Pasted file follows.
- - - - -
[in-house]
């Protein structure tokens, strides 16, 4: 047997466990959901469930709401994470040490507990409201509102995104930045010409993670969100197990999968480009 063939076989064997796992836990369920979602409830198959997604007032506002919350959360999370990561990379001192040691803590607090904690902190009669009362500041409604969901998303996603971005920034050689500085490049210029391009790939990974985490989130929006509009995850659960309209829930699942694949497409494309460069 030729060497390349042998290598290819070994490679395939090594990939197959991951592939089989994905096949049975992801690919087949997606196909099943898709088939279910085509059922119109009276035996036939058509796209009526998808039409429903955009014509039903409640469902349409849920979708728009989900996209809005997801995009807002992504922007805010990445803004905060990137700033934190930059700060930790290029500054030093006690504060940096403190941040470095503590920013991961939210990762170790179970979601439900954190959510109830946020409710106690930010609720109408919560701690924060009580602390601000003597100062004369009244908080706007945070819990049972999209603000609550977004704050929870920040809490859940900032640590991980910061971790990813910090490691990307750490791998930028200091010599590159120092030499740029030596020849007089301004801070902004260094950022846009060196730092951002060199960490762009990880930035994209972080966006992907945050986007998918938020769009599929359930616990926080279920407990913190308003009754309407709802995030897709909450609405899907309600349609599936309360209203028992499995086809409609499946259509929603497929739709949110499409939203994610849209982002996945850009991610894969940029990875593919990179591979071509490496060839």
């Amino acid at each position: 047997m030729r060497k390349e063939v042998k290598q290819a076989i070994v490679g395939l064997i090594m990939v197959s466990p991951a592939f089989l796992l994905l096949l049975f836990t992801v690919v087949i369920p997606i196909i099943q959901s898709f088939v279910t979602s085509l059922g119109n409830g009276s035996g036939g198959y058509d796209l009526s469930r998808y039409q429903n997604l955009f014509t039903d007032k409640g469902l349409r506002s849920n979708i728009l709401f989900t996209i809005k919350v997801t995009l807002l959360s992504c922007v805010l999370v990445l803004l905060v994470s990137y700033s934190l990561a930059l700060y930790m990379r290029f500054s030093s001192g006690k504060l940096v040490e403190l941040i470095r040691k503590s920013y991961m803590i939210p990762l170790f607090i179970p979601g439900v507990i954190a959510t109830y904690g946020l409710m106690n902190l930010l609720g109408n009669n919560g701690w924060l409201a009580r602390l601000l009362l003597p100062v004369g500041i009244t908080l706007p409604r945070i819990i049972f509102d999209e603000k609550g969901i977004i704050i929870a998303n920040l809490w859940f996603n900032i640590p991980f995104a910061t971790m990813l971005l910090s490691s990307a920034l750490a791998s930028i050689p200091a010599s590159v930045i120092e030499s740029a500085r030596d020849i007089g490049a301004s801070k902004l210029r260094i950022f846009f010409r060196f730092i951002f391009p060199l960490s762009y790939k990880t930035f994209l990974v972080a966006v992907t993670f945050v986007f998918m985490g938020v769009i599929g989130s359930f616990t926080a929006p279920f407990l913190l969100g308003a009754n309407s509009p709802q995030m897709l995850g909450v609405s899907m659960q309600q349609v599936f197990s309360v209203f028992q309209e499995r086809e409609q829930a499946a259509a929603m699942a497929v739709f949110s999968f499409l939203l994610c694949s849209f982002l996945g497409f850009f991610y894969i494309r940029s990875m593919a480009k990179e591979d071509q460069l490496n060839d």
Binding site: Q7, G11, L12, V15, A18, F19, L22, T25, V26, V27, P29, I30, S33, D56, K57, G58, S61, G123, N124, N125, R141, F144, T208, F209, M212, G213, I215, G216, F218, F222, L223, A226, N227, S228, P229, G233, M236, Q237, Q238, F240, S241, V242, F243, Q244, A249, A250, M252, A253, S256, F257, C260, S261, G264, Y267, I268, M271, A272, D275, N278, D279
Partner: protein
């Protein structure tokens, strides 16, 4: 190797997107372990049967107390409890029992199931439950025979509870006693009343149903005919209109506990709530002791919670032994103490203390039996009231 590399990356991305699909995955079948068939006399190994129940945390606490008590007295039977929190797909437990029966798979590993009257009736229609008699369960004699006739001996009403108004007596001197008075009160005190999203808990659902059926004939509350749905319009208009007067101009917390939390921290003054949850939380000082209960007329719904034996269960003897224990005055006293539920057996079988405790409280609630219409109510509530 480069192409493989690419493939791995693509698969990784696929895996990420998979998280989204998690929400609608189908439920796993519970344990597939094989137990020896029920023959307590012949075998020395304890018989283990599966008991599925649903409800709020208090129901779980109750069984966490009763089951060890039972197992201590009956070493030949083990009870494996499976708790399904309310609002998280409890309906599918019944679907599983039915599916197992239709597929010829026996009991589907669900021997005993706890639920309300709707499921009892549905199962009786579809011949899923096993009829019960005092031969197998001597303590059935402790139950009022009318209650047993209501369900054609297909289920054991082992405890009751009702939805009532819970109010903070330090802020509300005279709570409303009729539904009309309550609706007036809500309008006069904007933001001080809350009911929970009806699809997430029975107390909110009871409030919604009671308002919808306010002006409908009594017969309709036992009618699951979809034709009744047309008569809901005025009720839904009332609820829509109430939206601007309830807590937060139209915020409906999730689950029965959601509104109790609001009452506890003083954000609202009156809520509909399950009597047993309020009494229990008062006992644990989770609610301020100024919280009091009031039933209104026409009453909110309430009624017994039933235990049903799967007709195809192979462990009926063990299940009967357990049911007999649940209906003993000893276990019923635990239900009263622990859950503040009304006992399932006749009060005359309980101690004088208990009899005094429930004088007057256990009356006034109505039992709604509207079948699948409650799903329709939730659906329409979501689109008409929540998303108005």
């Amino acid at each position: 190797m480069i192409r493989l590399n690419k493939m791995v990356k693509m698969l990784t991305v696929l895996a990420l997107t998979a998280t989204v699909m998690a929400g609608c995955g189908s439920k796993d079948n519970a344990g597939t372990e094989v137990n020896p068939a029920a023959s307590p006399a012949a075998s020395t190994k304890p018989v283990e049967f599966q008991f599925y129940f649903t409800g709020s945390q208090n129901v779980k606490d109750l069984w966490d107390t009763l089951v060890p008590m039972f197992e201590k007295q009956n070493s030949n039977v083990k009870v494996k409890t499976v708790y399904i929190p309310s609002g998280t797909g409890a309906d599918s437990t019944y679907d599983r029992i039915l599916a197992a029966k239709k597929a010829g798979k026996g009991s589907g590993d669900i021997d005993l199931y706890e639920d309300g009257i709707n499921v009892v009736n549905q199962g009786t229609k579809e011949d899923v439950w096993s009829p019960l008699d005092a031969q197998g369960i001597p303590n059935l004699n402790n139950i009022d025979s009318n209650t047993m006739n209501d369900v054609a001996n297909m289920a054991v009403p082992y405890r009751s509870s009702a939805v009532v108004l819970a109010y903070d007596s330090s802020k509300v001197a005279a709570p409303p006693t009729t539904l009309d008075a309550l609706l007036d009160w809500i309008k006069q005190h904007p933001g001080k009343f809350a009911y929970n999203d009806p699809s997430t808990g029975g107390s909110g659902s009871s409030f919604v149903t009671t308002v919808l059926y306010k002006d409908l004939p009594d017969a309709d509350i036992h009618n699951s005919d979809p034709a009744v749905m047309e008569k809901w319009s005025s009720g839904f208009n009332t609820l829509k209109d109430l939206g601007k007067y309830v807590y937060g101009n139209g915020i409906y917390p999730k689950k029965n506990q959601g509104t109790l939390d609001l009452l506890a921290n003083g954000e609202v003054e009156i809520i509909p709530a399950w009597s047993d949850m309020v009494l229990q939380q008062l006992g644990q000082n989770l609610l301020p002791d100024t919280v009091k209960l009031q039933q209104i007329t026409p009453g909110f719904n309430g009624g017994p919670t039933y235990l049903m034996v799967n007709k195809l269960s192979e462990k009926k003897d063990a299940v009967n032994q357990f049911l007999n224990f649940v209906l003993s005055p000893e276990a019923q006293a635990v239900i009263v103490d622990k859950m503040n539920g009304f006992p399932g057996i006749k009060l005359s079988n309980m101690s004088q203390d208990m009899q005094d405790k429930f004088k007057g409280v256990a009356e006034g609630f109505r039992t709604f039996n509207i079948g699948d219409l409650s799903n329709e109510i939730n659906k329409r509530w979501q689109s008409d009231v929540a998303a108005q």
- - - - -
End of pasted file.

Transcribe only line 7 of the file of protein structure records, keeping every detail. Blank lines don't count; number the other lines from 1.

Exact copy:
């Amino acid at each position: 190797m480069i192409r493989l590399n690419k493939m791995v990356k693509m698969l990784t991305v696929l895996a990420l997107t998979a998280t989204v699909m998690a929400g609608c995955g189908s439920k796993d079948n519970a344990g597939t372990e094989v137990n020896p068939a029920a023959s307590p006399a012949a075998s020395t190994k304890p018989v283990e049967f599966q008991f599925y129940f649903t409800g709020s945390q208090n129901v779980k606490d109750l069984w966490d107390t009763l089951v060890p008590m039972f197992e201590k007295q009956n070493s030949n039977v083990k009870v494996k409890t499976v708790y399904i929190p309310s609002g998280t797909g409890a309906d599918s437990t019944y679907d599983r029992i039915l599916a197992a029966k239709k597929a010829g798979k026996g009991s589907g590993d669900i021997d005993l199931y706890e639920d309300g009257i709707n499921v009892v009736n549905q199962g009786t229609k579809e011949d899923v439950w096993s009829p019960l008699d005092a031969q197998g369960i001597p303590n059935l004699n402790n139950i009022d025979s009318n209650t047993m006739n209501d369900v054609a001996n297909m289920a054991v009403p082992y405890r009751s509870s009702a939805v009532v108004l819970a109010y903070d007596s330090s802020k509300v001197a005279a709570p409303p006693t009729t539904l009309d008075a309550l609706l007036d009160w809500i309008k006069q005190h904007p933001g001080k009343f809350a009911y929970n999203d009806p699809s997430t808990g029975g107390s909110g659902s009871s409030f919604v149903t009671t308002v919808l059926y306010k002006d409908l004939p009594d017969a309709d509350i036992h009618n699951s005919d979809p034709a009744v749905m047309e008569k809901w319009s005025s009720g839904f208009n009332t609820l829509k209109d109430l939206g601007k007067y309830v807590y937060g101009n139209g915020i409906y917390p999730k689950k029965n506990q959601g509104t109790l939390d609001l009452l506890a921290n003083g954000e609202v003054e009156i809520i509909p709530a399950w009597s047993d949850m309020v009494l229990q939380q008062l006992g644990q000082n989770l609610l301020p002791d100024t919280v009091k209960l009031q039933q209104i007329t026409p009453g909110f719904n309430g009624g017994p919670t039933y235990l049903m034996v799967n007709k195809l269960s192979e462990k009926k003897d063990a299940v009967n032994q357990f049911l007999n224990f649940v209906l003993s005055p000893e276990a019923q006293a635990v239900i009263v103490d622990k859950m503040n539920g009304f006992p399932g057996i006749k009060l005359s079988n309980m101690s004088q203390d208990m009899q005094d405790k429930f004088k007057g409280v256990a009356e006034g609630f109505r039992t709604f039996n509207i079948g699948d219409l409650s799903n329709e109510i939730n659906k329409r509530w979501q689109s008409d009231v929540a998303a108005q």